Kampala, Uganda | THE INDEPENDENT | Gulu district officially launched the mass immunization against Measles, Rubella and Polio, ahead of the nationwide campaign that started today.
The campaign, to be conducted in schools for the first three days and in communities for the last two days, targets all children younger than 15 years, whether previously immunized or not, in order to interrupt the circulation of these diseases. Among them, 8.2 million children younger than 9 months, will also receive the oral polio vaccine.
William Onyai, the Gulu district health educator said Gulu district targets to immunize 137,220 children from 300 Nursery, Primary and Secondary schools, and homes, during the five days of the exercise. These will form part of the 18 million children targeted from across the country.
However, Gulu Resident District Commissioner Maj. Santos Okot Lapolo, who also doubles as the Chairman of the immunization campaign task force said they aim at exceeding the target set by the Ministry of Health since Gulu district is housing many people from the neighboring countries like South Sudan.
Lapolo also cautions that whoever will be spreading propaganda against the immunization exercise will be arrested and prosecuted for sabotaging government programmes.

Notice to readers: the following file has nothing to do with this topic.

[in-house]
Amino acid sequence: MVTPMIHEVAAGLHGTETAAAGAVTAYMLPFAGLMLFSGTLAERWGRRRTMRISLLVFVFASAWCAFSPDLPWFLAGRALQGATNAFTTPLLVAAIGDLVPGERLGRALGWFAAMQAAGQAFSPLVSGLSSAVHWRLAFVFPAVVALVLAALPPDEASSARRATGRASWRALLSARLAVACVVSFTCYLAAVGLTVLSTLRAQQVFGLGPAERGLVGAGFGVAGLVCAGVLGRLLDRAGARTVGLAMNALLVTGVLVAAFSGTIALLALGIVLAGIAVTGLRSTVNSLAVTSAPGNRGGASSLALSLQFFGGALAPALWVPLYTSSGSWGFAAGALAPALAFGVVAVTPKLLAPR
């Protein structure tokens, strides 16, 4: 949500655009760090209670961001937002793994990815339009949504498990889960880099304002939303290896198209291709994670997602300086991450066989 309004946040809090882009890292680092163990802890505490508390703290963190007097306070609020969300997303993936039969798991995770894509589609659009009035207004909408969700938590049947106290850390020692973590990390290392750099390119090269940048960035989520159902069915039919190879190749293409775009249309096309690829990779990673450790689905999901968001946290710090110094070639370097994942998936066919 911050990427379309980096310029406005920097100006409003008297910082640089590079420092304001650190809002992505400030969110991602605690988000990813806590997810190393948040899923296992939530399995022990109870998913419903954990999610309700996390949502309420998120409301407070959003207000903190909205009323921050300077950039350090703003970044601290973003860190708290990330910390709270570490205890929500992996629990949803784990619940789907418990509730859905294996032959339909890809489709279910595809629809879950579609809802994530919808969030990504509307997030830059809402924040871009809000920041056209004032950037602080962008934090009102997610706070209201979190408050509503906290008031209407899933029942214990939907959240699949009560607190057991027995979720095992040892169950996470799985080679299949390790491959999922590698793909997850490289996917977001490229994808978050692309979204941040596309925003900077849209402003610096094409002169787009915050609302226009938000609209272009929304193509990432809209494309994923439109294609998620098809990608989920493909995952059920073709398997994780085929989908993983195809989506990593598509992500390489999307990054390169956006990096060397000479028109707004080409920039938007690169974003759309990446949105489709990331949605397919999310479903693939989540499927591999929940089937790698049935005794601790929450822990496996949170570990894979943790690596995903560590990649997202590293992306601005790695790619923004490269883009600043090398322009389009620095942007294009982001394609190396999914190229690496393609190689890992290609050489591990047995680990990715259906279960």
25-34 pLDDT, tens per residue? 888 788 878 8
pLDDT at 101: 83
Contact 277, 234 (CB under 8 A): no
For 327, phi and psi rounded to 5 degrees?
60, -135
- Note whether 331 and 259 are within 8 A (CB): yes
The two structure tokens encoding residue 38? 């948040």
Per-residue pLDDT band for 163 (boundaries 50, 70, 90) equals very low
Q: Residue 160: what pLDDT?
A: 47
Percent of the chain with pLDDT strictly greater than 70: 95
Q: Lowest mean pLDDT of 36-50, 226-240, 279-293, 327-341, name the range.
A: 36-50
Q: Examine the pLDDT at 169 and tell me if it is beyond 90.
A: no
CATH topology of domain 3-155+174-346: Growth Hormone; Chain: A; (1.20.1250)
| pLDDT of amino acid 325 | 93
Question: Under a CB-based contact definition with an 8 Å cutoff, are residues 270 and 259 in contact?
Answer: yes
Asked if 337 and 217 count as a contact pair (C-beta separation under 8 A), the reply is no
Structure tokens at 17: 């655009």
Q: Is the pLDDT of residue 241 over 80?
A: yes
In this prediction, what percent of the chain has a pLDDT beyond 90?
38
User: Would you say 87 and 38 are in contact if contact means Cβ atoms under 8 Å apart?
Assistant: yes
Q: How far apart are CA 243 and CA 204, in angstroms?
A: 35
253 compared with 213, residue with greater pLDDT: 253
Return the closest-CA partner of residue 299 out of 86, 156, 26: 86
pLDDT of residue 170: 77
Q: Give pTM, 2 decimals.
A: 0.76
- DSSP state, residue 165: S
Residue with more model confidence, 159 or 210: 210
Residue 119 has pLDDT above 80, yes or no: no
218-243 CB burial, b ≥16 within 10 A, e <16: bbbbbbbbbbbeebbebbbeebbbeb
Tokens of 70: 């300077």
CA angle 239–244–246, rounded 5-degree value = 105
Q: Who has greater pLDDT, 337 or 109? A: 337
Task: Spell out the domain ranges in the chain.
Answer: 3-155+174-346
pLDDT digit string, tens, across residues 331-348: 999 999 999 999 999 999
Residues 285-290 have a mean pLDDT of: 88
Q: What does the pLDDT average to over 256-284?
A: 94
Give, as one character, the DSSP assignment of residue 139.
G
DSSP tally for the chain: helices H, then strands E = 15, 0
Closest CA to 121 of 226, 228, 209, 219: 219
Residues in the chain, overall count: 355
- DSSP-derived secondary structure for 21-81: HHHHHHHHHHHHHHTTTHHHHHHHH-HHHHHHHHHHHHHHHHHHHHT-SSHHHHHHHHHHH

The five-day mass immunization campaign, funded by the Government of Uganda; GAVI, the Vaccine Alliance; the United Nations Children’s Fund; and the World Health Organization (WHO); intends to interrupt the transmission of measles, rubella and polio among Ugandan children.
Uganda has experienced measles outbreaks across numerous districts in the past three years. At the same time, polio remains a daunting threat, given evidence of vaccine-derived strains circulating in neighboring countries.
The campaign will be a launchpad to introduce the measles-rubella vaccine into the country’s routine immunization schedule.
During the campaign, teams of health workers will set up vaccination service delivery posts across the country, with the objective of attaining more than 95 per cent immunization coverage, which is needed to interrupt the transmission of measles, rubella and polio.